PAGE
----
In the cooler waters in the south of Komodo there is a bay in which there are a series of pinnacles that seem to be a magnet for aggregating mantas. They are here in their tens, often we come up having seen over 20 different individuals. Often a little shy, their evasive spins and pirouettes makes the watching of them that much more enjoyable.
Takat Makassar, Komodo diving
This is our other manta site. A little bit more of a risk to see them as it is a huge area and we drift along the bottom in about 10 metres but along the way we always run into loads of turtles, napoleon and humphead wrasse, white tip sharks and very very occasionally you will be incredibly lucky and run into the resident dugong that inhabits this area along with scores of mantas as they migrate north.
3 sisters, Padar island diving
A series of underwater pinnacles reaching nearly to the the surface off the coast of Padar island next to Komodo this site constantly springs surprises on you from silvertip sharks and mobular ray schools to marbled rays and rare nudibranchs.
Raja Ampat diving
All our boats run fantastic Raja Ampat liveaboards of varying length visiting all the best places each with their own unique itinerary and features.
They are all different prices dependant on the length of the trip and standard of the liveaboard.
All our boats are liveaboards for people enthusiastic or serious about their diving but also welcome snorkellers and non-divers who will have their own separate itinerary." author: "Raja Ampat liveaboard
**Raja Ampat (or the Four Kings)** is an archipelago consisting of the islands of Misoool, Salawati, Batanta, and Wiageo which are surrounded by over 1,500 small islands and cays. Formerly known as Irian Jaya, this area is now part of the newly named West Papua province of Indonesia and is located on the northwest tip of Bird's Head Peninsula, on the island of New Guinea.
Put simply, Raja Ampat could quite possibly be the best diving in the world. It certainly is the world's most bio diverse marine region with more recorded fish, coral and mollusc species than anywhere else on Earth. The variety of marine life can be staggering. Some areas boast enormous schools of fish and regular sightings of sharks, such as wobbegongs. In Mansuar, you may encounter large groups of manta rays and turtles. From the boat and often close to shore you may get the chance to don your snorkelling gear for some unforgettable interaction with resident pods of dolphins or even some passing whales. Other highlights include the innumerable war wrecks, both ships and planes (with new wrecks being discovered constantly).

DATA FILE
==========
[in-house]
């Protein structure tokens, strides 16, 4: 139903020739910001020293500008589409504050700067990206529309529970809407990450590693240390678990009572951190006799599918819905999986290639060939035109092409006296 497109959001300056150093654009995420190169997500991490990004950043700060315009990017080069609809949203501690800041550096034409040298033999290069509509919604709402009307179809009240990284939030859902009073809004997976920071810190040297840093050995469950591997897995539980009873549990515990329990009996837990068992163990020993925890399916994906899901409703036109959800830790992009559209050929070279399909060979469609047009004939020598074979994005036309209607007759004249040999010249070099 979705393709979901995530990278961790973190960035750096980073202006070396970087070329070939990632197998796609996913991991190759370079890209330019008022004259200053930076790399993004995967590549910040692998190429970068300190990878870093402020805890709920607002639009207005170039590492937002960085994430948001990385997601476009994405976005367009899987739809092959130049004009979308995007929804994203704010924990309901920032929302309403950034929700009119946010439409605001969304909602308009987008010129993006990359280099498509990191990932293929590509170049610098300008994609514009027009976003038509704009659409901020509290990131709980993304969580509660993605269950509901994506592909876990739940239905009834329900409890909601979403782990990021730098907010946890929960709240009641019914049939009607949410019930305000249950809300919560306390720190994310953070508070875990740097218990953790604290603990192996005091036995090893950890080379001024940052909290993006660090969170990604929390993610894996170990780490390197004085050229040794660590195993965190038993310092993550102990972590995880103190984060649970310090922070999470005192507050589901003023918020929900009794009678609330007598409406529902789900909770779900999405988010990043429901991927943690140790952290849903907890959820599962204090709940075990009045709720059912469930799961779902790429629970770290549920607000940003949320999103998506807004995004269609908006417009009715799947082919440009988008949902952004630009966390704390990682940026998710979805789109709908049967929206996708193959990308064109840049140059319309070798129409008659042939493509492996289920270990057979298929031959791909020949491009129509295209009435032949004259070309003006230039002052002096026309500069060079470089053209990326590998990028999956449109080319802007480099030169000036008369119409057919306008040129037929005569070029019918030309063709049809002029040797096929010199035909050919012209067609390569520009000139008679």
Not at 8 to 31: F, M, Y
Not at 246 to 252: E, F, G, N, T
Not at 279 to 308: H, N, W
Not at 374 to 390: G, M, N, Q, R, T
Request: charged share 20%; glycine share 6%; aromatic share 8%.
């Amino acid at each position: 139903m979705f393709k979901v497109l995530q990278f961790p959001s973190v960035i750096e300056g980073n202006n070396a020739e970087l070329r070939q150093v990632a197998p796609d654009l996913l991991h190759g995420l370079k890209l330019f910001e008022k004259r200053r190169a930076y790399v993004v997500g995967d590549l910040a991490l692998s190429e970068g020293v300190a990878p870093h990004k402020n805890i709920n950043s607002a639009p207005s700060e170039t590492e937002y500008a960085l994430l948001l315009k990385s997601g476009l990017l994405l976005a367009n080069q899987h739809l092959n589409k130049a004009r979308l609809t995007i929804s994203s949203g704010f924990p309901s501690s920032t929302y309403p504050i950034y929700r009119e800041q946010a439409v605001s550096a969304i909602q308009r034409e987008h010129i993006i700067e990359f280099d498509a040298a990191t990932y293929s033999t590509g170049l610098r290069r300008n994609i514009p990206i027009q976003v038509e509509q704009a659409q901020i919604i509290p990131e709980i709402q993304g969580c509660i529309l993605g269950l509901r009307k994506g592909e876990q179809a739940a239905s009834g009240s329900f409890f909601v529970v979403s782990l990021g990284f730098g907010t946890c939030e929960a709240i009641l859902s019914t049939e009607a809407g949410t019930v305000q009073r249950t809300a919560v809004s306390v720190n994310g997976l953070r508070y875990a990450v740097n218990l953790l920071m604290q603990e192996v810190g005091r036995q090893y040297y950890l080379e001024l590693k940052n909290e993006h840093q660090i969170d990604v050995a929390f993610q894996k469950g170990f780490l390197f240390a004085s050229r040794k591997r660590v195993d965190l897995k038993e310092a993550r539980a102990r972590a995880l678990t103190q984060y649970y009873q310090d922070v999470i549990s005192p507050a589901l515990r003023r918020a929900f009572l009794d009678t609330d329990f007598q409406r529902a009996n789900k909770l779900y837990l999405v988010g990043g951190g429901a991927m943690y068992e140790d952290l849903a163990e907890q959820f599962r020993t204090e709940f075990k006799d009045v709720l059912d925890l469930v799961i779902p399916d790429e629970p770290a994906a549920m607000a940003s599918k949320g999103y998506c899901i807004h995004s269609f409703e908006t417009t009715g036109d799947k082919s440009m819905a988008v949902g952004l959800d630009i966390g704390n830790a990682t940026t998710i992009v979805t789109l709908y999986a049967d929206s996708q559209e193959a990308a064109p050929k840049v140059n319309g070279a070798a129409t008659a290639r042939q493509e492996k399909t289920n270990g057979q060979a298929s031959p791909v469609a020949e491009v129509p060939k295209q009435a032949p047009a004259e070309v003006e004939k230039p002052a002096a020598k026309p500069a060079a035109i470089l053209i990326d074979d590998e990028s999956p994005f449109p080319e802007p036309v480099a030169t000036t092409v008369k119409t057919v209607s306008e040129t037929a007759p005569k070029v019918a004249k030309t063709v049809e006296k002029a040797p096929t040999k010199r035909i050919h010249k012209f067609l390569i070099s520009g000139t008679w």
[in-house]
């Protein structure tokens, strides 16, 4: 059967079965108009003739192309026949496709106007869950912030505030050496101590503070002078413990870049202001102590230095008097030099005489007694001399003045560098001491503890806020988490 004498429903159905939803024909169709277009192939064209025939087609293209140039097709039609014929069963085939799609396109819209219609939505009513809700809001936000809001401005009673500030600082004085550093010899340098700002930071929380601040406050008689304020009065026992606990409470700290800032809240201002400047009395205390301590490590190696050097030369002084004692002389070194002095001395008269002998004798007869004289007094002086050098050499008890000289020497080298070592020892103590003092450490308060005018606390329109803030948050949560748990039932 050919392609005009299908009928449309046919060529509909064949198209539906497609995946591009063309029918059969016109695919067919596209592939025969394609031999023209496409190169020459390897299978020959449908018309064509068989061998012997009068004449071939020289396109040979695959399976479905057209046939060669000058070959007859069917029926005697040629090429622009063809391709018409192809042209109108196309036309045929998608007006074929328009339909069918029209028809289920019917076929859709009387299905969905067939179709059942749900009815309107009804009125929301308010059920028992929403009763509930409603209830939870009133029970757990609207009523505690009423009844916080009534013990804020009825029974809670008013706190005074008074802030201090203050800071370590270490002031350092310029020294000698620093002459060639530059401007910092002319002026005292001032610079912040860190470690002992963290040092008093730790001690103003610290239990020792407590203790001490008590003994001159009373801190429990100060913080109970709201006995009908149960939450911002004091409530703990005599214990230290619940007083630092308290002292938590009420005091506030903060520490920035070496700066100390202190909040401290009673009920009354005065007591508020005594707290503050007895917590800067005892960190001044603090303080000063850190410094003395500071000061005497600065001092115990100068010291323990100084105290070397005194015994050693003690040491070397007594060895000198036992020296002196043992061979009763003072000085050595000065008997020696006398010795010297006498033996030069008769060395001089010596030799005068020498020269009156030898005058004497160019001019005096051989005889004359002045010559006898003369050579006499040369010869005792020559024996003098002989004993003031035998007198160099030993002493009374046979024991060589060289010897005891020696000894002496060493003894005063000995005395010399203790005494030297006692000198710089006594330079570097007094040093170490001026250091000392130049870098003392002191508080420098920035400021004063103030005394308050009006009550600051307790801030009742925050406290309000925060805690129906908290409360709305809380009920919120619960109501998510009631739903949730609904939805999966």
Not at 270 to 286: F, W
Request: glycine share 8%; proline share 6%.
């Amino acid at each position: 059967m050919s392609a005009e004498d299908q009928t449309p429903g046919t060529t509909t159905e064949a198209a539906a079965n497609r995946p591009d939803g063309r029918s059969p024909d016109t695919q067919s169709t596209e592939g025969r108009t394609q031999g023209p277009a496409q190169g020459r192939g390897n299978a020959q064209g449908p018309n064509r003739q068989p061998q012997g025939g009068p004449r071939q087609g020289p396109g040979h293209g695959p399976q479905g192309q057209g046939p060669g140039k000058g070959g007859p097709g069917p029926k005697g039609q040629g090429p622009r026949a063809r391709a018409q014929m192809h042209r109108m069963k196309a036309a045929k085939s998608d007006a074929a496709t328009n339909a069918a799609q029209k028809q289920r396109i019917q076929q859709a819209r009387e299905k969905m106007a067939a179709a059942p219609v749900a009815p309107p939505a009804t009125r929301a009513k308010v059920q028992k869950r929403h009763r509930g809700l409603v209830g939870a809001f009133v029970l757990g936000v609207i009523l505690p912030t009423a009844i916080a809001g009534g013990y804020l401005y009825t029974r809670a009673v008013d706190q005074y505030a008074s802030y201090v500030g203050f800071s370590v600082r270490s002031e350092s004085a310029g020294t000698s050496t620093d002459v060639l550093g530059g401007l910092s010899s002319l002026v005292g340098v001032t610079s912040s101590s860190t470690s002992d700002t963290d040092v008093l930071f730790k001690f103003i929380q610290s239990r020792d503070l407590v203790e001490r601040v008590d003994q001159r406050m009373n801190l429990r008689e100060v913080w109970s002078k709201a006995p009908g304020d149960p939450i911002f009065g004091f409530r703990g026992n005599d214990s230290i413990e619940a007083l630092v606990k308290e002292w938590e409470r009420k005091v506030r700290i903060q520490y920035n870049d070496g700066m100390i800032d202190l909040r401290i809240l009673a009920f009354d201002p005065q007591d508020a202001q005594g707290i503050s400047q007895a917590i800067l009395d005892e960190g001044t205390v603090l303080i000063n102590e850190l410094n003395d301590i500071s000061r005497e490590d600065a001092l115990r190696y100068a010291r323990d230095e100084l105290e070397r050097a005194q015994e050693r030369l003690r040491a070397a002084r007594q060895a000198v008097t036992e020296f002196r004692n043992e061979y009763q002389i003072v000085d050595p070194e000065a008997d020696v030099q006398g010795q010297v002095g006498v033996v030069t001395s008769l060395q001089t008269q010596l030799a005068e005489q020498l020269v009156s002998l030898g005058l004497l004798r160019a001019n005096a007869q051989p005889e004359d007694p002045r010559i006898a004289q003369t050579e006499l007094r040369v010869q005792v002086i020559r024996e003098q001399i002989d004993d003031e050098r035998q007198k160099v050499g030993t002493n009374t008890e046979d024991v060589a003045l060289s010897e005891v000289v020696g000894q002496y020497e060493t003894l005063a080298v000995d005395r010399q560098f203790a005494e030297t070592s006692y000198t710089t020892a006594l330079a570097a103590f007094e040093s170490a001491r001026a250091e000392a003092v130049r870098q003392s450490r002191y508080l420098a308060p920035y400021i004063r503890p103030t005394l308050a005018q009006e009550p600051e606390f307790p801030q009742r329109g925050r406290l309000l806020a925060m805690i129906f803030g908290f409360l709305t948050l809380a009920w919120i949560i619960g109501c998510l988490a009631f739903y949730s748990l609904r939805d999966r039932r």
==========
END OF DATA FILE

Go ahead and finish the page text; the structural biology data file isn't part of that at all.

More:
The reefs of Raja Ampat are just as varied as the marine life. There are vertical walls, reef flats, slopes, sea mounts, mucky mangroves, lagoons and pinnacles. The reefs are in pristine condition with miles of perfect hard corals and many varied colourful species of soft corals. The diving is predominantly drift dives due to the moderate prevalent currents in the area which provide nutrients for the myriad fish and coral. Currents are average to moderate and vary from none to very strong. Visibility is normally very good but can vary and is normally at its best earlier in the day so your pre-breakfast dives are not to be slept through!
This is truly "Frontier Diving". Topside the beautiful islands stretch as far as you can see and are largely uninhabited. At night the lights of local fishing boats twinkle in the dark along the few inhabited shorelines while in more remote areas you may only see a distant spec of light over the entire horizon.
Not many liveaboards dive the Raja Ampat area, making this adventure even more unique and special.
Raja Ampat has a high season from October to May and weirdly enough it is during their rainy season due to the winds in the dry season making parts of the park inaccessable. The rainy season should not be mis-construed though. It is generally mostly a shower in the late afternoon and evening and most of the time the days are nice, wind is minimal and the skys are generally clear or slightly over cast. The seas are calmer at this time of the year as the oppposite season has winds that kick up waves and make it very difficult to dive the more exposed sites in the Southern part of Raja Ampat. The water temperature stays around the 27-30 degrees celcius mark all year round.
Recently due to the popularity of Raja Ampat a lot of boats have been running trips in the so called low season but this is also the dry season and so promotes nicer weather and better visibility but the trade of is that only the northern more sheltered part of the park is accessable but as the area is so vast and there are so many quality dive sites the reports from these northern trips have been glowing so far.